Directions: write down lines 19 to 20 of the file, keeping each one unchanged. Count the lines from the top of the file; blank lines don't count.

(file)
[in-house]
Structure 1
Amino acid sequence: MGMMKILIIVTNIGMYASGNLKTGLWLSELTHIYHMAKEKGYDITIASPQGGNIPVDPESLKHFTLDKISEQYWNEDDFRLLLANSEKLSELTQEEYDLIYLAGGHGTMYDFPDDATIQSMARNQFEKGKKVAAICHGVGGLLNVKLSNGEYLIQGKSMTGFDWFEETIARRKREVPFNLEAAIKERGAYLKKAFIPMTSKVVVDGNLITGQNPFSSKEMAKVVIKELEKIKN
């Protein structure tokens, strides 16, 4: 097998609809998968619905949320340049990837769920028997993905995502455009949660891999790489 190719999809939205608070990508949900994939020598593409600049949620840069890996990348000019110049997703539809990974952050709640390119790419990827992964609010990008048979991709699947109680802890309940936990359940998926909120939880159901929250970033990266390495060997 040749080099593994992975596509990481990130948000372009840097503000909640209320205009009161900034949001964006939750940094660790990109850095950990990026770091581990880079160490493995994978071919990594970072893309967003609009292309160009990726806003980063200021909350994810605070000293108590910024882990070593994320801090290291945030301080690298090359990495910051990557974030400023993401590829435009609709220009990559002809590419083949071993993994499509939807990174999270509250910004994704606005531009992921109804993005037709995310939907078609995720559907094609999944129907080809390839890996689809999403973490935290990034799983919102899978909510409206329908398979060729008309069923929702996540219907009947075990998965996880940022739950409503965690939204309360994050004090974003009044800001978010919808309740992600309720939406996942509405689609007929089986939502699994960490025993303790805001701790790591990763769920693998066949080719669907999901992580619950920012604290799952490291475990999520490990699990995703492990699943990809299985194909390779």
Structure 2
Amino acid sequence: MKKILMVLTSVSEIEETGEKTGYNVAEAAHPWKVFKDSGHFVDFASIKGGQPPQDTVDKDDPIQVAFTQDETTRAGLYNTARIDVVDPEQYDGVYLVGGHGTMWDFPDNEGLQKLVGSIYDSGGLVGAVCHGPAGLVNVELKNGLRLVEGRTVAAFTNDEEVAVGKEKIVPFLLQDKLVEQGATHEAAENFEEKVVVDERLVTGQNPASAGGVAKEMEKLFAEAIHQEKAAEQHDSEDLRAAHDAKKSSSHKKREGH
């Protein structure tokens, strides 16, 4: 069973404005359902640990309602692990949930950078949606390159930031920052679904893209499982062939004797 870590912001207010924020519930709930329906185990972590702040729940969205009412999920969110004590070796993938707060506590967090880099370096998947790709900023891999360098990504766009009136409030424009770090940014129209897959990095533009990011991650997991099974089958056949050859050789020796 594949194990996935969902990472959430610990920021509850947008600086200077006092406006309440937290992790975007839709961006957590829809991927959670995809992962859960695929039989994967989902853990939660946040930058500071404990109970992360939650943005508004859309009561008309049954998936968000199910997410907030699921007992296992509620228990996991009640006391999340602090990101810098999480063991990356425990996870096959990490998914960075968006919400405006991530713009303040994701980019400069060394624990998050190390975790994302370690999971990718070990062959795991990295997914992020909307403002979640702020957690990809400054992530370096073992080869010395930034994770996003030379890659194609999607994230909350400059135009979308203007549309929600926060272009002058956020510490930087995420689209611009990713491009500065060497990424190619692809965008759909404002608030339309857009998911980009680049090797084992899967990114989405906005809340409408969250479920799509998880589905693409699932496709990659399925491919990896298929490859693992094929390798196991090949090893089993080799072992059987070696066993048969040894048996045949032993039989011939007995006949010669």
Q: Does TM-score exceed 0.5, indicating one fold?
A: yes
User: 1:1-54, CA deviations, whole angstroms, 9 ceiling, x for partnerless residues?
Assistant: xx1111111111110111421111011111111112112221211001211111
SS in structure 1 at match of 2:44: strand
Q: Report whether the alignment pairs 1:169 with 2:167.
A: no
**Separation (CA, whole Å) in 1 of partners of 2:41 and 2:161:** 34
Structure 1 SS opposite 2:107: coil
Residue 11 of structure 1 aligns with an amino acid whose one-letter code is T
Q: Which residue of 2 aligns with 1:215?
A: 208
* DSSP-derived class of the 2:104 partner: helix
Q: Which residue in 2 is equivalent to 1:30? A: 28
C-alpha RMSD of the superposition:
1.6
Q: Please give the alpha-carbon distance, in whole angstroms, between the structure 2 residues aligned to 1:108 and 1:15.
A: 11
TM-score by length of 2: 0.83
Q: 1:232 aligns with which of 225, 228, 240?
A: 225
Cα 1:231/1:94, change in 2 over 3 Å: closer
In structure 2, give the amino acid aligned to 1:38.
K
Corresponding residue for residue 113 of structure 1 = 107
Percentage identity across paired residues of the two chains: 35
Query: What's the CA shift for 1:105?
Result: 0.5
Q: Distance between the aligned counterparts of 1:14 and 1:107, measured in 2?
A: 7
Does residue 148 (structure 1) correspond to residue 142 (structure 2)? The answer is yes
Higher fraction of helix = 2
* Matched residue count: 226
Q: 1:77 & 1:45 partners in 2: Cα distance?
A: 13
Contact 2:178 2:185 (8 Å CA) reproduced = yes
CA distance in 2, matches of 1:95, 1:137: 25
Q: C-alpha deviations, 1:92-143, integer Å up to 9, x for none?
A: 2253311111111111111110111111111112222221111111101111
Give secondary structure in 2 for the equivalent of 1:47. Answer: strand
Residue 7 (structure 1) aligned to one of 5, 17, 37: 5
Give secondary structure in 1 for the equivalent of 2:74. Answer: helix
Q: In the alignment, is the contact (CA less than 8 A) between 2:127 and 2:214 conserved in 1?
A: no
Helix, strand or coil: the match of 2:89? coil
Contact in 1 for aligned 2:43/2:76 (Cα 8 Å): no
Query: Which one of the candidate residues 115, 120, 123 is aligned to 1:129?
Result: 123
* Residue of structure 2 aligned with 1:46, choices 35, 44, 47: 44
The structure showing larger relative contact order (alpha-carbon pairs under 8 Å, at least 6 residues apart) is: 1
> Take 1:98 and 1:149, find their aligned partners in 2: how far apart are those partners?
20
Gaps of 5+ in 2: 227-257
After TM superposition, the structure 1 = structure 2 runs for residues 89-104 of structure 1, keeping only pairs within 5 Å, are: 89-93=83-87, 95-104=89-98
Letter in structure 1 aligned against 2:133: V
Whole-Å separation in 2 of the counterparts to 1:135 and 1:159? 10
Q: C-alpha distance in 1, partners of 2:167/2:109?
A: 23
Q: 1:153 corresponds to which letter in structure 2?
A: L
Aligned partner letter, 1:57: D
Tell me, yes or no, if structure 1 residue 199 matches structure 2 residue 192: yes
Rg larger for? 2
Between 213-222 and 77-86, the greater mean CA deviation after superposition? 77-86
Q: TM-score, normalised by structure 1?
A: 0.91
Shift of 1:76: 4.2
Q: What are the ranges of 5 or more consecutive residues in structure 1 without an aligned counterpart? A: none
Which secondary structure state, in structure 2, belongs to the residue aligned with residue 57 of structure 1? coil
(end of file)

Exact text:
A: 208
* DSSP-derived class of the 2:104 partner: helix